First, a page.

Growing up, I was always a C and D student. I never did my homework. I hated it. My mom would have to drag me from in front of the TV and plop me at a boring, musty desk that faced a wall until I finished. It was the worst. I never learned to do homework. It never got any better.
The same thing happened in my first year of college—that was, until I found something I loved. I fell in love with theology. I threw myself into learning Greek, Hebrew, Ecclesiastical Latin, and Scholastic French.
When I left for my master’s program, I was the first ever student to publish a full-length article in my seminary’s theological journal. By the time I entered my doctoral program on a full scholarship, I had published 12 peer-reviewed articles in multiple academic journals (more than most of my professors) in psychology, history, philosophy, theology, and future theory. I wrote my doctoral dissertation—over 100,000 words—in one month. And I passed my dissertation defense without revision the following month.
Passion → Protocol
This isn’t genetic. I don’t take NZT (for fans of the movie Limitless). I don’t inject stem cells into my brain. But there was a moment for me when I decided to write more than any of my peers. As I watched my classmates slog away for an entire semester on a single paper, extending their misery to make 3 months feel like three eternities, I decided to write the paper in 3 days.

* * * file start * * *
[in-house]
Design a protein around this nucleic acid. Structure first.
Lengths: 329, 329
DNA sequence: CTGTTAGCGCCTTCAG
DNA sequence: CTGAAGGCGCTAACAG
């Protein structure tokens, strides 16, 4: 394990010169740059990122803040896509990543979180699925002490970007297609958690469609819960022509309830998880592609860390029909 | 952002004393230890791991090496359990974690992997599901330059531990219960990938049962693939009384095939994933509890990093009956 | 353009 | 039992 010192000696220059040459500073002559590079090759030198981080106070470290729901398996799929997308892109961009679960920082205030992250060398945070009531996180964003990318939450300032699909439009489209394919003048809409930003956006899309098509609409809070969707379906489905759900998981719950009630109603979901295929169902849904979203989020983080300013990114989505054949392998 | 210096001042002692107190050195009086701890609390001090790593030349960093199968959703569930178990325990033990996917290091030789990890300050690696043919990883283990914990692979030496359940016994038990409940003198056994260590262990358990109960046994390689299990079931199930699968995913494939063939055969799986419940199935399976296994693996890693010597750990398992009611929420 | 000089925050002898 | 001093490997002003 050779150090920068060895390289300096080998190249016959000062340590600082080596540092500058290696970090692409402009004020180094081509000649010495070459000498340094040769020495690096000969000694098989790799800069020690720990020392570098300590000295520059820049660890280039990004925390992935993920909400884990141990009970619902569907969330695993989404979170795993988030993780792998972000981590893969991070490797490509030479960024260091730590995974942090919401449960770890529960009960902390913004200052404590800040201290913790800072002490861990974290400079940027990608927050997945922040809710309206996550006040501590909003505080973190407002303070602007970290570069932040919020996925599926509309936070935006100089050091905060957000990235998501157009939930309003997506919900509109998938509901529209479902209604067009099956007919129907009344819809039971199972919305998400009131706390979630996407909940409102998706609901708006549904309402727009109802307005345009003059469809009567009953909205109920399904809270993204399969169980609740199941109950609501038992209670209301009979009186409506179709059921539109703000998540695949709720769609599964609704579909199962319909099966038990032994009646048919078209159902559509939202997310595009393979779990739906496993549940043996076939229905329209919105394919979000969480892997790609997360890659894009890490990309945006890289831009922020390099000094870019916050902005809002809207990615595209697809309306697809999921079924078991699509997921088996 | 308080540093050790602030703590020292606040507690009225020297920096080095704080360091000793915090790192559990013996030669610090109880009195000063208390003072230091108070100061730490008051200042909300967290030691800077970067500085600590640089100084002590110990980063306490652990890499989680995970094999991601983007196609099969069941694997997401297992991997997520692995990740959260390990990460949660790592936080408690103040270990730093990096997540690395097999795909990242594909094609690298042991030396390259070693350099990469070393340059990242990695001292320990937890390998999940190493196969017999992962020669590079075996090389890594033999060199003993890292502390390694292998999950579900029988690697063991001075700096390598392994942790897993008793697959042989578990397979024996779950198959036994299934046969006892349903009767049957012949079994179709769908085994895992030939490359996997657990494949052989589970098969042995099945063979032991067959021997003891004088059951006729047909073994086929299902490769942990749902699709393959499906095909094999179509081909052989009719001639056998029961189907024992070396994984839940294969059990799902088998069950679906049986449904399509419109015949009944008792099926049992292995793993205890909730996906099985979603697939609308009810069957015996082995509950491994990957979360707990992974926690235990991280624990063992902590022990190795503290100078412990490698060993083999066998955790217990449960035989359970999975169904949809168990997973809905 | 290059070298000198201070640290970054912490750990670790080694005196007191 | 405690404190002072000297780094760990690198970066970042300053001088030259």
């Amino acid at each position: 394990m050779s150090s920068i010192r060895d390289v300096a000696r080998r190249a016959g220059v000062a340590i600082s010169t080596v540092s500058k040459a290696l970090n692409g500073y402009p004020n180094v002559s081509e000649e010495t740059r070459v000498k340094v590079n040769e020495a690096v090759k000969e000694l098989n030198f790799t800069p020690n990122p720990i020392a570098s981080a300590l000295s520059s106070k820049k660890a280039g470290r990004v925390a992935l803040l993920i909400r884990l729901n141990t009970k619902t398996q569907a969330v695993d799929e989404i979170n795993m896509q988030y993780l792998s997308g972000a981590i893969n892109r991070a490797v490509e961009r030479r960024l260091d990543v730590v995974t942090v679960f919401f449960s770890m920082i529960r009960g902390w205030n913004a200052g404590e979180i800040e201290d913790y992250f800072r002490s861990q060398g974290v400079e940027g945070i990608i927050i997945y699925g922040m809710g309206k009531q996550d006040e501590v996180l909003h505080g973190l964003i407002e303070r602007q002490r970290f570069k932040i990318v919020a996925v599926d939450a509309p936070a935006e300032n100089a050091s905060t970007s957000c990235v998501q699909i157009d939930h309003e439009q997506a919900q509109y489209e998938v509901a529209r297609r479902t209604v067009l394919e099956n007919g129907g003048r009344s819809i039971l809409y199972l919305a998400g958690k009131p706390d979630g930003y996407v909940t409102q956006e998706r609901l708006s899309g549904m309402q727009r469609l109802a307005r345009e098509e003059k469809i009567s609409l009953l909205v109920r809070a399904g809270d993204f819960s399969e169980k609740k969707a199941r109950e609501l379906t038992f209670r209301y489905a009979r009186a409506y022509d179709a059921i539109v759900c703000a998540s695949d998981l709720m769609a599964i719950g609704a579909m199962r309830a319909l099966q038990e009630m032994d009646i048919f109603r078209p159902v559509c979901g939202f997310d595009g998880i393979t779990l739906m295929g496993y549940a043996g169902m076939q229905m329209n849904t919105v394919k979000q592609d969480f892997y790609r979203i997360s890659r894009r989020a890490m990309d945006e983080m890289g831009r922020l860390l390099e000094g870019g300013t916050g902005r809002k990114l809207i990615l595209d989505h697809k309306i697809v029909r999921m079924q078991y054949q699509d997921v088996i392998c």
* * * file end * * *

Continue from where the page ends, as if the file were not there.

I developed a process that enabled me to amass the maximum amount of research, consolidate that research into digestible quotes with the proper bibliographic information affixed in footnotes, and streamlined those digests into claim-driven article-length theses with an 80% acceptance rate (much higher than most authors).
Now, my job sometimes requires me to write 30,000 words per week. And I do it. It’s still hard. I still sometimes must drag my inner-middle-school-me from the TV to finish my work. But what happened? How did this transformation occur?